More slapdash but equally enjoyable is Simon Brett's A Series of Murders. Charles Paris, Simon Brett's alcoholic, mostly out- of-work actor and amateur detective has, for once, got a well-paid job playing a bovine policeman in a television detective series based on some dated novels by an elderly spinster who takes a keen, critical interest in the production. Charles's drink- ing problem seems to have become con- siderably worse than in the last novel in which he appeared. In fact, I began to feel quite worried about him, and can only hope that Simon Brett does not harbout any sinister intentions as, on the evidence of this book, Charles is clearly heading for

a heart attack. On the other hand, as long as he does not die (and, after all, many people survive them) it could lead to a nice murderous romp in a hospital.

But to return to the plot: the television studio is a hotbed of intrigue, and it is not long before Charles discovers the crushed, inappropriately sultry body of the ingenue. The death is dismissed as an accident; the girl was a bad actress and most of the company are pleased that a better one can now be employed, but Charles discovers that quite a few of the cast and production team have motives for wishing her dead. He suspects murder. The beleaguered pro- duction then moves to the Cornish coast where another member of the team is killed and yet another is attacked. This is vintage Brett: pacey, funny and with good incidental plotting but, as is usual with him, the solution unfolds a little too easily and, in this particular case, the murderer's behaviour right at the end seemed to me unrealistically heroic.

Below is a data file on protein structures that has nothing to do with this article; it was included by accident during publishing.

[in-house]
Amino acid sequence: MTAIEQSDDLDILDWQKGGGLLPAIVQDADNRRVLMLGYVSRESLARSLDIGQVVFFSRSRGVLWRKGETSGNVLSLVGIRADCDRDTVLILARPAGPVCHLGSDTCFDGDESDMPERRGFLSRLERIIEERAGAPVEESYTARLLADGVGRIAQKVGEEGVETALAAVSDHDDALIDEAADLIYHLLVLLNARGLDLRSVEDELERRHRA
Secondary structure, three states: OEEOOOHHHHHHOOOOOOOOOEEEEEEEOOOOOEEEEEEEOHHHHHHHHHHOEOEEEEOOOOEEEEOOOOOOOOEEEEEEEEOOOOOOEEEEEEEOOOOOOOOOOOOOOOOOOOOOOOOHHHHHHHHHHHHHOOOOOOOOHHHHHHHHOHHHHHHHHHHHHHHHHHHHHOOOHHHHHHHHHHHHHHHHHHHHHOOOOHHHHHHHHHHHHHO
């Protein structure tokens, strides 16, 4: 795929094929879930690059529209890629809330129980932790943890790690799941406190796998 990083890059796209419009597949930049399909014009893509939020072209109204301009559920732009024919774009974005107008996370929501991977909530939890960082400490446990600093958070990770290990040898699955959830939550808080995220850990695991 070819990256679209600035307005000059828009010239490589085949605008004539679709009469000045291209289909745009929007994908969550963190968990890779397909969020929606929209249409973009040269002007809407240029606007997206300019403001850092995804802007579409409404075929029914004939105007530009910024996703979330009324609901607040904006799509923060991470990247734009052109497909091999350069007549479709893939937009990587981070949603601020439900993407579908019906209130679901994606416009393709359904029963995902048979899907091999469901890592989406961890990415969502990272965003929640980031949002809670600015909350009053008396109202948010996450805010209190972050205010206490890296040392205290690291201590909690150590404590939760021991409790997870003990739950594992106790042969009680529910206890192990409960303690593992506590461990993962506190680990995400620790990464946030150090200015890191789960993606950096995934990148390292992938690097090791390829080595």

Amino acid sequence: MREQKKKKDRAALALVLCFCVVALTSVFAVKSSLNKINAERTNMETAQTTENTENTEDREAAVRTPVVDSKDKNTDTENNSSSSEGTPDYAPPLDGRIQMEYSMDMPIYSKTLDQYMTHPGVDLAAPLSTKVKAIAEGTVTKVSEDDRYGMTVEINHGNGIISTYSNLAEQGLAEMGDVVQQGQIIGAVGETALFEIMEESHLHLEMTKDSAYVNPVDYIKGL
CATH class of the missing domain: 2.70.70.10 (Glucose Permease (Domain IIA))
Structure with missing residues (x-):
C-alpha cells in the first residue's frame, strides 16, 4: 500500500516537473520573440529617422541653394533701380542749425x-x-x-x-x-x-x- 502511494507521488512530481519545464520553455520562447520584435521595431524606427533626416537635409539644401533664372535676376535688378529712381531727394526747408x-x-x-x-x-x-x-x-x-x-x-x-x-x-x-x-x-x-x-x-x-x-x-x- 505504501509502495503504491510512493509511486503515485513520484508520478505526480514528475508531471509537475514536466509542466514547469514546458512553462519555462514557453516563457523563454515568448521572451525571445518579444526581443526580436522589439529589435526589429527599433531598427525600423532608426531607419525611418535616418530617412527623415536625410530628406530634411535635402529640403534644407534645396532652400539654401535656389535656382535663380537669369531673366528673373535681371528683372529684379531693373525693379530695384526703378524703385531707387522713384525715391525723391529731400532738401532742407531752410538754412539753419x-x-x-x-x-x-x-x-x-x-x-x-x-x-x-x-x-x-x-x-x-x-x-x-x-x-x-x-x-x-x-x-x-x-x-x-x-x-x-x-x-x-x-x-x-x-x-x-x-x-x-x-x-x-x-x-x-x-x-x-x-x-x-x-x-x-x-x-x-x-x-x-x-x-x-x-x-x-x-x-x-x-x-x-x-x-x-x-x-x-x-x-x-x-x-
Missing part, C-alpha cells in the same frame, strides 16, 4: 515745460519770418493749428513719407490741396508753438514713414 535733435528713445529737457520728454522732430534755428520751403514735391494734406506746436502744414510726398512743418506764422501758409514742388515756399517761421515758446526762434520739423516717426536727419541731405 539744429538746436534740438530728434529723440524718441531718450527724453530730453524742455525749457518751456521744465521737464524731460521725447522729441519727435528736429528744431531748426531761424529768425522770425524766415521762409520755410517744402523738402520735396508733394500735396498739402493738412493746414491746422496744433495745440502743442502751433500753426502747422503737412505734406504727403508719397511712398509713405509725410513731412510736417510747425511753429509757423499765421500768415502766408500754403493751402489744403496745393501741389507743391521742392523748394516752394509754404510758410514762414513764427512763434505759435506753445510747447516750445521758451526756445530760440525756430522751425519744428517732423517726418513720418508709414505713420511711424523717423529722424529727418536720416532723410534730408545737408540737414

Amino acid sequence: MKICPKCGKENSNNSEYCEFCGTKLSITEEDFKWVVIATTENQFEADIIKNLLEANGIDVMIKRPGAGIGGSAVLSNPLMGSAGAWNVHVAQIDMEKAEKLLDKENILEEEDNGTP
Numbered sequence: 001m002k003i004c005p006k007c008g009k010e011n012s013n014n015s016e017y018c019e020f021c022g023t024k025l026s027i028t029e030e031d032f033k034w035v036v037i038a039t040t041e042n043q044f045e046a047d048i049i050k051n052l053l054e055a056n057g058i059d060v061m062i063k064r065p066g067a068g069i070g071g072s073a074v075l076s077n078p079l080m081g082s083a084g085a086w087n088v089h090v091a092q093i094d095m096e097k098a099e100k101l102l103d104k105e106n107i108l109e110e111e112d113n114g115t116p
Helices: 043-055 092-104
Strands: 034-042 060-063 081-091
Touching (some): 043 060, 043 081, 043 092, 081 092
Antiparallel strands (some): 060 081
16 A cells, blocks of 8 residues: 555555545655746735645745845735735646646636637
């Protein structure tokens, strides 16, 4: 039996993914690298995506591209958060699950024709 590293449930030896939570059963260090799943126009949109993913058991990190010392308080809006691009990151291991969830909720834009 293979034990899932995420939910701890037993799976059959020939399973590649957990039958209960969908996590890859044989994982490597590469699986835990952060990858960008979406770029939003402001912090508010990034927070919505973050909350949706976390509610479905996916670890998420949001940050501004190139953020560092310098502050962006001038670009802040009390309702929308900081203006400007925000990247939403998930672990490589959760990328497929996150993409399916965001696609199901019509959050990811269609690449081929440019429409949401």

A pretty, talented, much liked young actress called Liza Drew is found dead by her best friend Millie with her face eaten away by acid in a house that she had been contemplating buying. This is the setting for Maureen O'Brien's excellent first novel Close-Up on Death. The plot is unusual because although it stars a detective in the form of Detective Inspector John Bright (of whom we are promised more in future), it is recounted by Millie in the first person. So it is really what happens to her that concerns the reader.

The main suspects are Liza's mother, Liza's boyfriend, Paul and Millie herself. Both Paul and Millie are actors. They had once been involved until Paul fell in love with Liza and it is obvious that Millie is still drawn to him; but then so is Liza's mother, who wages a bitter war against Millie and hints strongly that she thinks Millie did it. Both Paul and Millie's careers take off like rockets because of Liza's death. Millie picks up the lead in an important television serial meant for Liza, and she loves her new-found success. Throughout, though, there is John Bright hot on the trail of unmasking the murderer and bedding the prickly Millie. The end does not come as a surprise, but then it is not supposed to. A really enjoyable debut.